by Ben the Grate
April 2, 2003
Getting to the park involves either driving or taking the bus from San Jose (about $8). The express bus takes about 4-5 hours and leaves from Coca Cola Terminal around 7am. For the drivers, there is a parking area at the end of the road ($5, not very secure).
It can be confusing to find where the park entrance actually is. Walk down the steps and onto the beach, to your left. Where the rocky headland juts up to the right of a creek, you will find a trail that heads up over a short rise and down to the park entrance (not visible from the beach.)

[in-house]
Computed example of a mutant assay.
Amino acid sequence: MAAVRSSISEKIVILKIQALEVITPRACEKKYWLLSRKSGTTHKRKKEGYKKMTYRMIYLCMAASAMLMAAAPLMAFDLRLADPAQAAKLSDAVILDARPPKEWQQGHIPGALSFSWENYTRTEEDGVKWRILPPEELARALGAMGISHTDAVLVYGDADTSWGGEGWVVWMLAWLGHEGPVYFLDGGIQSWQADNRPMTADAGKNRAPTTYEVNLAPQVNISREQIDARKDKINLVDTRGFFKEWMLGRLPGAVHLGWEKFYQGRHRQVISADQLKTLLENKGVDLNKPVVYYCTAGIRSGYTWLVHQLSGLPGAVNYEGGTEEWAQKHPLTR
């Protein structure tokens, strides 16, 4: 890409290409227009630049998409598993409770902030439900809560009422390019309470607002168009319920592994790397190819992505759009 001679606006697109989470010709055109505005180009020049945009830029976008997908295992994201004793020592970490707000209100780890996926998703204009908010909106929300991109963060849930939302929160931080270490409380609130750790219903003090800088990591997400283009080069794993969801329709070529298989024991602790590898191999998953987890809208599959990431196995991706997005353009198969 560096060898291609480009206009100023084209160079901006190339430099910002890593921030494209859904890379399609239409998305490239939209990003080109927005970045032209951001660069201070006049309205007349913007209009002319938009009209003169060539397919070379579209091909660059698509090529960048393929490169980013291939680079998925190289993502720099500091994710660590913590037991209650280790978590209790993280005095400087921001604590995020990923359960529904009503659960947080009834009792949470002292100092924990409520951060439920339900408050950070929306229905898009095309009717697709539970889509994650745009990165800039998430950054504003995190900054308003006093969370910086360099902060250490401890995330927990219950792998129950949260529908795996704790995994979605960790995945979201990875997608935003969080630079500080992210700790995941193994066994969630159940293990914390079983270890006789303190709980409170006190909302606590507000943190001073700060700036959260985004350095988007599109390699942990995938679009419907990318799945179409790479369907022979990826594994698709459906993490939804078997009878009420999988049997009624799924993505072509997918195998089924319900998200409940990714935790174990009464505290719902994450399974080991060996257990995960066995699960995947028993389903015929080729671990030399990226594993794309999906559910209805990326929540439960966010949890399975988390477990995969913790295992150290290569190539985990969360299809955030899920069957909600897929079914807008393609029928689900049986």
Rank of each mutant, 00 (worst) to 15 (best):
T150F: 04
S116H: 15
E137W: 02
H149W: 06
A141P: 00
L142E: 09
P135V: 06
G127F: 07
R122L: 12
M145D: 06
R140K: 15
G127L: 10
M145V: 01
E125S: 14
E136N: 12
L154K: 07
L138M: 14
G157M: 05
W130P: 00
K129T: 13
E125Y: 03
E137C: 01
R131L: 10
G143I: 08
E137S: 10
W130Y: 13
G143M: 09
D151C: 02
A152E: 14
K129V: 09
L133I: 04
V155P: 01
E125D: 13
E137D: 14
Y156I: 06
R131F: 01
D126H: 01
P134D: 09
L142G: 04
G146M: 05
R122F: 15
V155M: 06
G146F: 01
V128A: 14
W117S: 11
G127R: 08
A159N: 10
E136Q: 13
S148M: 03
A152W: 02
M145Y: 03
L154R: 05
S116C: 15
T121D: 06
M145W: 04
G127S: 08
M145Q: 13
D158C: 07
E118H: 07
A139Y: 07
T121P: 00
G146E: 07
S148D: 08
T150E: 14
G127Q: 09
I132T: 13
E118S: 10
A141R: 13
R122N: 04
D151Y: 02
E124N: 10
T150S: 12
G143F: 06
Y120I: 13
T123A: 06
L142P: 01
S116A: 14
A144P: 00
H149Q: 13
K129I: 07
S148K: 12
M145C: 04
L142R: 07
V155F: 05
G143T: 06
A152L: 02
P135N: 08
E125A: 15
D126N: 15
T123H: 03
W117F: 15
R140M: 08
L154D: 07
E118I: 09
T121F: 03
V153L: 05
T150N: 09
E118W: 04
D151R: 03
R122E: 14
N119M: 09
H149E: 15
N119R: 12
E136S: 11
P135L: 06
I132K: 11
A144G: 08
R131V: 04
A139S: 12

$6 per person is charged (pay in U.S. or colones) per day for admission. Keep your ticket stub if you leave the park for lunch so you won't be charged upon return.
The park is CLOSED on Mondays! So don't go.
There is a quota of visitors to help keep the vegetation from being trampled, but it’s so generous they rarely exceed it. As this part of the country gets more rain than most of Costa Rica, expect it to be rainy any time of year.
Walk the main road past the beach and around to the second beach (Playa Tres). At the picnic area, monkeys sometimes gather for handouts (but don't feed them!). Playa Tres is one of the most beautiful beaches I've EVER seen anywhere. It's pretty small, hemmed in on both sides by jagged rocks, backed by thick rainforest, pale blonde sand, and blue water. Snorkeling is reputed to be good here, but I've always experienced poor visibility.